BETHESDA -- The last time Tiger Woods played a golf tournament near the nation's capital, he came to Congressional Country Club for the 1997 U.S. Open as the game's most talked about player, a former child prodigy who proved worthy of the hype by winning the Masters as a 21-year-old rookie.
A decade later, after winning 56 more PGA Tour events, including another 11 majors, Woods is returning this week to Congressional as host of his own tournament, the inaugural AT&T; National, beginning tomorrow. He is also returning as a first-time father.
Woods' daughter, Sam Alexis, was born June 18, and this will be Woods' first tournament since her birth. "It's just time management and understanding where your priorities are, and our priorities are with Sam," Woods said at a packed news conference yesterday. "That's the one priority. You work it out from there."
How Woods performs now that he has a child will be scrutinized as much as he has been analyzed throughout his already legendary career. Just as his accomplishments have been measured against those of Jack Nicklaus, Woods will also be compared to how Nicklaus balanced being the father of five with becoming the greatest player of all time.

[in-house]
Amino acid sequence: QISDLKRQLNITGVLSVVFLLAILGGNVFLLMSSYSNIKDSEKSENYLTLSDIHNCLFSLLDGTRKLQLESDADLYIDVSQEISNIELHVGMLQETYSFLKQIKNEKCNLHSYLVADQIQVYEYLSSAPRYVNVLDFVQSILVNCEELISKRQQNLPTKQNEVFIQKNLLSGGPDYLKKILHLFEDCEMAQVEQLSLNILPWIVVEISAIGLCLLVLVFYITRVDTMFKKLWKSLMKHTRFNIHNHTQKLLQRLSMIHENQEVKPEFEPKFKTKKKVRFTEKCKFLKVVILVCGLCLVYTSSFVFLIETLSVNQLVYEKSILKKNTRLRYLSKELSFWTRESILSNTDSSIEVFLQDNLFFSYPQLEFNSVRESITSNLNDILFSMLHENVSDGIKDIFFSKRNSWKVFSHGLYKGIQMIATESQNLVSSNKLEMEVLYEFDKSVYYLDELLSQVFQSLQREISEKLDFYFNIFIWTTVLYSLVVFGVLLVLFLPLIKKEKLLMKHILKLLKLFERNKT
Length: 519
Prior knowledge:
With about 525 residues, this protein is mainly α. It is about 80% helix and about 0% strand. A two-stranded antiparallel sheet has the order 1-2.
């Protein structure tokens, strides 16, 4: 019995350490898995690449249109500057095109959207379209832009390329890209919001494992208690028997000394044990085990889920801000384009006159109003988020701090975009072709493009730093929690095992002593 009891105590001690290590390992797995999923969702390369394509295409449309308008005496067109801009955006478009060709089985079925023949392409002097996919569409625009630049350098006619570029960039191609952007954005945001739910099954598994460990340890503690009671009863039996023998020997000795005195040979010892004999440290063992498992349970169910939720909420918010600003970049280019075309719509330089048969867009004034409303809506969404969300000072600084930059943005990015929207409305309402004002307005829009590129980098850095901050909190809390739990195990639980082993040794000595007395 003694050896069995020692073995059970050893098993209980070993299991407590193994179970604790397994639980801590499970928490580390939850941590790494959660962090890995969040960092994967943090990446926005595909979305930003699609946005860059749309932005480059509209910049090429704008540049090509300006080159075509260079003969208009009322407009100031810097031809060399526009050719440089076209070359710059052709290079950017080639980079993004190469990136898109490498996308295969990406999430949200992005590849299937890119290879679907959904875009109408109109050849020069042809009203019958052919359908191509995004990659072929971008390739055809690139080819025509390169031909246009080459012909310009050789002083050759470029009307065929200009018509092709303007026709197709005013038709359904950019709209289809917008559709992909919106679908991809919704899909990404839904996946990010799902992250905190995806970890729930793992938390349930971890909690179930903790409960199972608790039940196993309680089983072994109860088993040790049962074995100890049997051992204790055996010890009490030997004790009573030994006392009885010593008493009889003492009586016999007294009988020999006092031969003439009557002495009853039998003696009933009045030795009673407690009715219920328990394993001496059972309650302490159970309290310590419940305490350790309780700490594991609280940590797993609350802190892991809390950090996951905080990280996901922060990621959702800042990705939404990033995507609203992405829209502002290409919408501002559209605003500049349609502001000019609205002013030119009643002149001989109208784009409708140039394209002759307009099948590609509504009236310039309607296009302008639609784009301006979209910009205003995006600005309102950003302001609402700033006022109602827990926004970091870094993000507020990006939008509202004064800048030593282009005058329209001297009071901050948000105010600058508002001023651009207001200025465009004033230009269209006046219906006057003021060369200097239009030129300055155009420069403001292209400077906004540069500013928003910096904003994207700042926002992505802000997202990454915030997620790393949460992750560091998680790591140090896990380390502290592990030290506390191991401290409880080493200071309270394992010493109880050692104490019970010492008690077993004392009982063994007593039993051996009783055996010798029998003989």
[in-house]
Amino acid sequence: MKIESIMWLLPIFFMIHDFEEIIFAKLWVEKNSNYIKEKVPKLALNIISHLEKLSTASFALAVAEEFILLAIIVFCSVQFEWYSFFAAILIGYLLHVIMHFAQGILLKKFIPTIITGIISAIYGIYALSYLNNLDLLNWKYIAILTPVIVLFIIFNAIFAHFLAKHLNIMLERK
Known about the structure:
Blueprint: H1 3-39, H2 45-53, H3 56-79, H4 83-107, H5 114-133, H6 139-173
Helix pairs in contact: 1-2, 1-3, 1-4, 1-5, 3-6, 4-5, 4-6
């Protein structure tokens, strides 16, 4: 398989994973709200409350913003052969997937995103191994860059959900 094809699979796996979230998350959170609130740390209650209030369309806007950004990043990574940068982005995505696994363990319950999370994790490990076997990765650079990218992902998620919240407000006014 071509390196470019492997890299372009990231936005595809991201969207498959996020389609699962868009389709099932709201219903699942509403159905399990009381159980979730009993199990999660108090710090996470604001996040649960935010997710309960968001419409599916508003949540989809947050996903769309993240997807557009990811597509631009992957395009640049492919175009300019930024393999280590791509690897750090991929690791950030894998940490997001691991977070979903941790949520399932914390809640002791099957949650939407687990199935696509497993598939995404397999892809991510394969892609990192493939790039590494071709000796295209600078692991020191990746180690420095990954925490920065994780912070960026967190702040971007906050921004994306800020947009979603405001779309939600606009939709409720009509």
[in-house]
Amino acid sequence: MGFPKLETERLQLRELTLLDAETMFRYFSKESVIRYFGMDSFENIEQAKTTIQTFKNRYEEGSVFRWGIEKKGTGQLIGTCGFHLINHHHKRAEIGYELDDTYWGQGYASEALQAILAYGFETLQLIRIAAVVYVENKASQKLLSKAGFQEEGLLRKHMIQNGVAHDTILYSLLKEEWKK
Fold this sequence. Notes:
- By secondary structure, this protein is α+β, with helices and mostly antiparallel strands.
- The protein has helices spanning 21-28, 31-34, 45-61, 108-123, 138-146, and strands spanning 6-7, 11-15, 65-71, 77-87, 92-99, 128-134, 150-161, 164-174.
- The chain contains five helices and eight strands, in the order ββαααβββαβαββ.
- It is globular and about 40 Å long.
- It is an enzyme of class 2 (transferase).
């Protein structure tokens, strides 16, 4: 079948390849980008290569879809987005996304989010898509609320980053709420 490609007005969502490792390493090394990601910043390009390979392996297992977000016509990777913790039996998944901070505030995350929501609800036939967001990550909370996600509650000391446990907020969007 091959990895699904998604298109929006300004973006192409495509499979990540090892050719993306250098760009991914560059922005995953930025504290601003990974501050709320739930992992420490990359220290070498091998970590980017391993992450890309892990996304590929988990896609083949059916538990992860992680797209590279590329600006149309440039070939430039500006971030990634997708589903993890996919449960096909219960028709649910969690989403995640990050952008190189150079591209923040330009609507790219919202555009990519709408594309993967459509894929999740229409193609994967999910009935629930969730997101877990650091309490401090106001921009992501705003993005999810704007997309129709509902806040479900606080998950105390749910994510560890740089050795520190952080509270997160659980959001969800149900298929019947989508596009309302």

It might not be the most accurate comparison, since Nicklaus was 21 when he and wife Barbara had their first child -- shortly after he won the U.S. Amateur and before turning pro -- and 31 when his wife delivered their youngest. Nicklaus won the last of his record 18 major championships at age 46.
"You can't practice all day long," Nicklaus said earlier this year, when asked about Woods becoming a father. "You've got plenty of time for a family and plenty of time to play golf. That's not a big deal. So, you know -- Tiger will do just fine."
Said Woods: "I really haven't quite experienced what he's experienced, and how it's going to be when we start traveling together. But for him to do that throughout his entire career and raise great kids ... and to have as close a family as they have, because a lot of times when people travel a bunch, there's a disconnect, that's certainly not apparent in the Nicklaus household."